Something Something Sulfides Cobbles Granite and Collision – #365papers – 2018 – 27

Whalen, Zagorevski, McNicoll, and Rogers, 2013, Geochemistry, U-Pb geochronology, and genesis of granitoid clasts in transported volcanogenic massive sulfide ore deposits, Buchans, Newfoundland: Canadian Journal of Earth Sciences, v. 50, p. 1116-1133.

What’s it about?

This paper is about some massive sulfide deposits (good places to finding sulfur, zinc, iron, and lead) that occur in the middle of Newfoundland. The deposits come in several forms and are associated with some igneous rocks (granites). The authors explore whether the different forms of deposits and their associated granites all occurred at the same time, from the same original volcanic source, or are from different sources.

Why does it matter?

If I understood the paper at all (which I doubt, honestly) there are conflicting explanations for the origins of the granites and the different types of deposits, which would then affect our understanding of the collision between North America and Europe during the formation of Pangaea. I think. Maybe.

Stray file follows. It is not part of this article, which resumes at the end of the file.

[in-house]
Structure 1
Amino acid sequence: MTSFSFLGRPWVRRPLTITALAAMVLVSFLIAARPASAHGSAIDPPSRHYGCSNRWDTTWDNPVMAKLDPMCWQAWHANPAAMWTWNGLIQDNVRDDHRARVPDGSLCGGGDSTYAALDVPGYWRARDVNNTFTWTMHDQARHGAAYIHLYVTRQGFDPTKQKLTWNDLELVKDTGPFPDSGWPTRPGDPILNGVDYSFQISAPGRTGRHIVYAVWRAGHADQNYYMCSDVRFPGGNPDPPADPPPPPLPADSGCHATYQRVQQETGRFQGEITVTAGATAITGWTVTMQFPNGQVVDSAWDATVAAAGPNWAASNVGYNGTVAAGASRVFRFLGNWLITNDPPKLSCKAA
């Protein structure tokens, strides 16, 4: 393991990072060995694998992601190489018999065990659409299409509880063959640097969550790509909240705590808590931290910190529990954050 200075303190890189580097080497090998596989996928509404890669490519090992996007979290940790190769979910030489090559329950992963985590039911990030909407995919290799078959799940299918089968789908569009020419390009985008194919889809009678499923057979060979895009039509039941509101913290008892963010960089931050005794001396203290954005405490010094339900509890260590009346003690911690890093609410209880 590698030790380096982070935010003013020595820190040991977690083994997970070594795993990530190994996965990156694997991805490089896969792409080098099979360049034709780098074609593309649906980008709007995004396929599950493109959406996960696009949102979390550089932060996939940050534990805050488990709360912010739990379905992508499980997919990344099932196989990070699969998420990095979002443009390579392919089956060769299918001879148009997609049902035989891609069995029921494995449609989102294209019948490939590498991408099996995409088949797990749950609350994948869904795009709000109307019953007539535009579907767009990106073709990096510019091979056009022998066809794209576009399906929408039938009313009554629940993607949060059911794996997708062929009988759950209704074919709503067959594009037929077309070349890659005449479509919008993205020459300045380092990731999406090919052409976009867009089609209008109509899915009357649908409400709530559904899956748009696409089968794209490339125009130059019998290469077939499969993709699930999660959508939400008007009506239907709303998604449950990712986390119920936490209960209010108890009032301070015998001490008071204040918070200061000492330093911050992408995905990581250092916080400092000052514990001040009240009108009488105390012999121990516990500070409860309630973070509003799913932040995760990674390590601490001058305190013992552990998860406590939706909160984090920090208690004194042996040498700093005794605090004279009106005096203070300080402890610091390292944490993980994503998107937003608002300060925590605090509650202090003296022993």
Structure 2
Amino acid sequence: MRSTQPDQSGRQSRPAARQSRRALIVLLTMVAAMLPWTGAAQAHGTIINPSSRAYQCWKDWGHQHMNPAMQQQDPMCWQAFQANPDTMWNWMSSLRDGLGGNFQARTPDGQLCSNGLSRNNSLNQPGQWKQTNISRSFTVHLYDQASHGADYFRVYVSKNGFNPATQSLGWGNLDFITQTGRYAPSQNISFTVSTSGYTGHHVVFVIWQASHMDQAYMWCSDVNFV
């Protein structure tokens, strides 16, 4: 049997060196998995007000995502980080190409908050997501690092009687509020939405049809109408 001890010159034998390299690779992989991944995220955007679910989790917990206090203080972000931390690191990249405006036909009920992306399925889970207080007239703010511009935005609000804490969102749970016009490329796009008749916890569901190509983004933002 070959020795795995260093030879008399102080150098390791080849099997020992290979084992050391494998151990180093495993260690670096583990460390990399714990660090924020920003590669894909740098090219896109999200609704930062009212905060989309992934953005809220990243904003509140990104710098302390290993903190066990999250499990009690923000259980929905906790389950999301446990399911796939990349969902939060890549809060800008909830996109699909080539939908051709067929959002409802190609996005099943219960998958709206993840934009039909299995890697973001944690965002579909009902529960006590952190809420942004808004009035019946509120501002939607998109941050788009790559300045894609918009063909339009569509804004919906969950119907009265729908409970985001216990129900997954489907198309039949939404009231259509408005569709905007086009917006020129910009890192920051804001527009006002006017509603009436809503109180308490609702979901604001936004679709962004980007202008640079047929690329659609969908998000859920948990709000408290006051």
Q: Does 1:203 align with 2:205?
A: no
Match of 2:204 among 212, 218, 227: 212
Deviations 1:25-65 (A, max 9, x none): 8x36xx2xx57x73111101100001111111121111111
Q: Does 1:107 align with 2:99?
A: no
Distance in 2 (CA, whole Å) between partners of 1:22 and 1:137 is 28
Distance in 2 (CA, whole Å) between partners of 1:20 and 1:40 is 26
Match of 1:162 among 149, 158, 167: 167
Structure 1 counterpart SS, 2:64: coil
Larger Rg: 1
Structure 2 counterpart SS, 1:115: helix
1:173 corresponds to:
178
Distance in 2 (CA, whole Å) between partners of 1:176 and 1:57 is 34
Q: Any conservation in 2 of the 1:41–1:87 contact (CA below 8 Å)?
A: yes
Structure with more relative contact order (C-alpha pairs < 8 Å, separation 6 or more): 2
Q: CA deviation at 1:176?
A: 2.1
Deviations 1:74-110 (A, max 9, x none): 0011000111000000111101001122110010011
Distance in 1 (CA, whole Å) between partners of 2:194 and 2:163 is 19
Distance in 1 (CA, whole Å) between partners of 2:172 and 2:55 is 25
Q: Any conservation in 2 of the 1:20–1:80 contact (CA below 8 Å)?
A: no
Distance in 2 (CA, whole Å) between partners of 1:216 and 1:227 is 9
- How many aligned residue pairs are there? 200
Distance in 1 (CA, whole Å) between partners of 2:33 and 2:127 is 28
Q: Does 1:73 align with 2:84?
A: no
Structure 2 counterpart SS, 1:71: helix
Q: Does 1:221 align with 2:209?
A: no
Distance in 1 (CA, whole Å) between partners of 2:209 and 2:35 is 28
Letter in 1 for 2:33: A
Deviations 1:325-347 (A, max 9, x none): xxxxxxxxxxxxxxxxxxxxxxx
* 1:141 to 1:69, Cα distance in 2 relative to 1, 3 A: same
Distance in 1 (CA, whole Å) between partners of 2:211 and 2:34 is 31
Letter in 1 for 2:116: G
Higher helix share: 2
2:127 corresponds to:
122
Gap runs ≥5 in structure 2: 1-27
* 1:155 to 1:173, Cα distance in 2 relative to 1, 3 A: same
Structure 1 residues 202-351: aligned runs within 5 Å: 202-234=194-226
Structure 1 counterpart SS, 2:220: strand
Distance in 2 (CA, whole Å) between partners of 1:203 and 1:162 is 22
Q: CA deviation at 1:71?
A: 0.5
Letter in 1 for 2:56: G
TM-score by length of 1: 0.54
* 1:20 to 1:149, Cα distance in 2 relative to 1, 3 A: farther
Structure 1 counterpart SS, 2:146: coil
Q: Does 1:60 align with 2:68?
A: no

Why did I read this?

I think that I was interested in the idea of massive sulfide deposits after a made a bad pun about “Pyrites of the Caribbean” some weeks ago on Twitter. (Pyrite is a sulfide mineral found in massive sulfide deposits.) What I didn’t realize was that I was going to get completely lost after the first few lines of this paper. Oh well…

Published by paleololigo

Scientist (Paleontology, Geochemistry, Geology); Writer (Speculative and Science Fiction, plus technical and non-technical Science); Mom to great boy on the Autism spectrum; possessor of too many hobbies.

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